Having scaled the highest peaks, trekked to the North and South poles, crossed Greenland and the Sahara, the nation's foremost explorer sets his sights on space. Kelly Chung Dawson reports
Jin Feibao, 47, one of China's foremost explorers and among the few to scale Mount Qomolangma, is all set to become the first Chinese space tourist, in 2011. But his list of accomplishments will not end there. If all goes according to plan, within the next few years Jin will run a marathon on every continent, cross the Amazon, bicycle across Southeast Asia, become a world-class sailor, amass a major stamp collection and learn to speak English fluently.
Of these, only the last one is iffy, says his friend and American tour guide Jesse Millet, with a laugh.
Accompanied by Jin's wife Li Jia, Millet and Jin sat down with China Daily to talk about the explorer's inspirations and his role as China's most intrepid cultural ambassador.
Space is only the latest frontier for Jin, who seems constantly motivated by what he calls "a youthful heart".
The trip, whose details are still being worked out, is being sponsored by Jin's adventure travel company, which will fork out 1.2 million yuan (about $180,000) for the space odyssey. According to one media report, the group will include three more people from other countries.
"I'm surpassing my own accomplishments and past achievements," he says. "I've conquered seven summits. I've gone to the North Pole, to the Sahara, to Greenland and other places, and now (I'm looking at) space. Everyone has dreams, but I just dream higher and farther."
Most people in China dream about a bigger house or a nicer car, he says, adding that he wants to inspire people to pursue more than their material dreams.
He himself has done so with the help of wealthy benefactors who live vicariously through his journeys, he says.
He also gets support from companies seeking media exposure through association with his name.
In November, Jin, who will be the first Chinese to undertake a commercial trip to space, underwent zero-gravity flight training at Cape Canaveral, Florida. The training saw him being put through 15 parabolic flights, with 30 seconds of weightlessness, each time. He has been photographed with a floating Yunnan apple - a tribute, he says, to his home province in China.
"I wanted to give exposure to my province, because the people are poor there. I like using my activities and adventures to stay close to my country."
Jin's own dreams were forged by a teenage discovery of Jules Verne's Around the World in 80 Days and Twenty Thousand Leagues Under the Sea, books about adventure and exploration.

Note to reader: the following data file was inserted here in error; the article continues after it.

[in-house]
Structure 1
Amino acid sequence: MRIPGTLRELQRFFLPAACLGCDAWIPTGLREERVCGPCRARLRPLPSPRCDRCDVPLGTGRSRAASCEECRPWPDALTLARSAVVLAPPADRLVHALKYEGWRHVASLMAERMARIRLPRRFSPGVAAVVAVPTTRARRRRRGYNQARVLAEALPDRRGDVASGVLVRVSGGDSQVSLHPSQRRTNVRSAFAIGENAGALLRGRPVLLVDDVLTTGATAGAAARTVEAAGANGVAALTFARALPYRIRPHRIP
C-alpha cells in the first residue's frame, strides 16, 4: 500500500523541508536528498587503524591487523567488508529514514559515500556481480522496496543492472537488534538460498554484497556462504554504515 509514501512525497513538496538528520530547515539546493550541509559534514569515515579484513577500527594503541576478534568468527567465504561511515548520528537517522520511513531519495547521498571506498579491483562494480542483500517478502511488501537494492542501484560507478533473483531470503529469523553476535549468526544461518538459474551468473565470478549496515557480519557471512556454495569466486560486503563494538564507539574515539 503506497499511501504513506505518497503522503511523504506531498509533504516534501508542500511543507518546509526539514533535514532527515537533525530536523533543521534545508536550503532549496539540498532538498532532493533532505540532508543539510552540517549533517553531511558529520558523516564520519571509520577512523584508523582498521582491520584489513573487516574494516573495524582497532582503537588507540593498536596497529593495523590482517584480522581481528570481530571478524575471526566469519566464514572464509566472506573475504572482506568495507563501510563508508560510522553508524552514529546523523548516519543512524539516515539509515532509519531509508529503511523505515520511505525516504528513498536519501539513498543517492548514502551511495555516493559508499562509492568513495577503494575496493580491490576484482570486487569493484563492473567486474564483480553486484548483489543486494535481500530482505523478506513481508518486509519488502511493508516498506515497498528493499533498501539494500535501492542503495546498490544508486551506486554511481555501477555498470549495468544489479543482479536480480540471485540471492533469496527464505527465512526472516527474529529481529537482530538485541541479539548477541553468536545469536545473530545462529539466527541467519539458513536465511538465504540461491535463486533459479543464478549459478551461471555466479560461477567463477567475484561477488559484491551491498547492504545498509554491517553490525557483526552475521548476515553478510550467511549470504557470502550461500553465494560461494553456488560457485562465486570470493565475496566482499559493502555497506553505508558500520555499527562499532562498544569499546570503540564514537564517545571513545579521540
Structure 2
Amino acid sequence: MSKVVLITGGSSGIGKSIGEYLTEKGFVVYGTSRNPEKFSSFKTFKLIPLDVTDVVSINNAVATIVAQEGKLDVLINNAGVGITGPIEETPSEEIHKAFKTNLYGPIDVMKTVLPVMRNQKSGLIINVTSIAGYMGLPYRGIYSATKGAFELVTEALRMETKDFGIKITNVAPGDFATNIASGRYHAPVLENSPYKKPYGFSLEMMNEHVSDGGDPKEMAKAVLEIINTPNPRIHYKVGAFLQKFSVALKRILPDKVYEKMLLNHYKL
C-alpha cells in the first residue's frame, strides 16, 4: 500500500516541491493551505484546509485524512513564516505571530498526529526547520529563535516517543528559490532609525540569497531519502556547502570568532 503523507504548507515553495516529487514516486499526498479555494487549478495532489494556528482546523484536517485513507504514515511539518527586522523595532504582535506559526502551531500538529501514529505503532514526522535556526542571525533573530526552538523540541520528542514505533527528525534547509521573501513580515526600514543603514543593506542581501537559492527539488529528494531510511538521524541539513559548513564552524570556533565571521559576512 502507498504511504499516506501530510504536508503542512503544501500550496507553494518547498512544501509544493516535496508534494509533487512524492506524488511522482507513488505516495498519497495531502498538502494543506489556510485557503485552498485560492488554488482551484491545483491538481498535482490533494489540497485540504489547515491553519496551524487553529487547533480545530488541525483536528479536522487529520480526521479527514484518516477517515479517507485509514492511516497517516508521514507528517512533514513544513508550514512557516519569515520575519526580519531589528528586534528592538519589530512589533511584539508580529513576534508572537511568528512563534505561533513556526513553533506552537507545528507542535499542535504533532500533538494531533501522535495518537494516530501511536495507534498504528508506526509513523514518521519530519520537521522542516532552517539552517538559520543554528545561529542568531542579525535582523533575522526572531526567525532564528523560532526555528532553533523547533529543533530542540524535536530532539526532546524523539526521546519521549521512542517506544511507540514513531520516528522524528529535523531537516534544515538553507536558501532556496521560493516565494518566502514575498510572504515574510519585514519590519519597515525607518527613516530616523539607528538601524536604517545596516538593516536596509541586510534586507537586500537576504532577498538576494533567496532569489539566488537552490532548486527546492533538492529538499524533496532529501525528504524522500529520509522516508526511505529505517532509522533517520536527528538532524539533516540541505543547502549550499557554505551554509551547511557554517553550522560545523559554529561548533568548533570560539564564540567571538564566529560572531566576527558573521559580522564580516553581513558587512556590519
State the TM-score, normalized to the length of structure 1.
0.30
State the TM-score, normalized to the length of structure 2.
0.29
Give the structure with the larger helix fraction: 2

He also read Ernest Hemingway, Mark Twain and Jack London, he says; another inspiration was the classic Moon Festival story of the woman who floated up to moon after eating the "pills of immortality".
"I've always known that I would be an adventurer," Jin says. "And if I was going to be an explorer, then I would be the best. I feel that if there are no lands left to be discovered, then our duty is to explore and find new territories within ourselves."
As one of the few Chinese to have scaled the highest peaks on all continents, Jin, says Millet, "represents the Chinese spirit".
Millet met Jin in 2004 when the explorer agreed to host an exhibition of photographs taken by Millet's grandfather, a doctor who serviced the Flying Tigers - the Chinese Air Force's First American Volunteer Group - in 1944.
The exhibition was only one of several photographic exhibitions Jin has hosted, most of which have focused on his adventures.
Millet will accompany Jin on a bicycle ride across Southeast Asia in 2011, he says.
The Millet family also hosted Jin's November trip to the United States, during which they took an air-boat ride in Florida's Everglades (subtropical wetlands), and visited the Kennedy Space Center in Orlando; went sailing in Charleston, South Carolina, inspiring Jin to include yet another item to his massive to-do list.
"He is nothing short of an inspiration to everyone he meets, and especially to me," Millet says.
"He has accomplished things that people only dream about. And the most inspiring thing for me is that he does it with so much ease. He has always told me to first decide what I want to do, without limits, and then figure out the means to do it."
Jin has no intentions of slowing down.
"If you meet me when I'm 70 years old, you will see that I'm still young," he says. "I think I represent modern Chinese people, seeing the things we want to see, accomplishing the things we want to accomplish."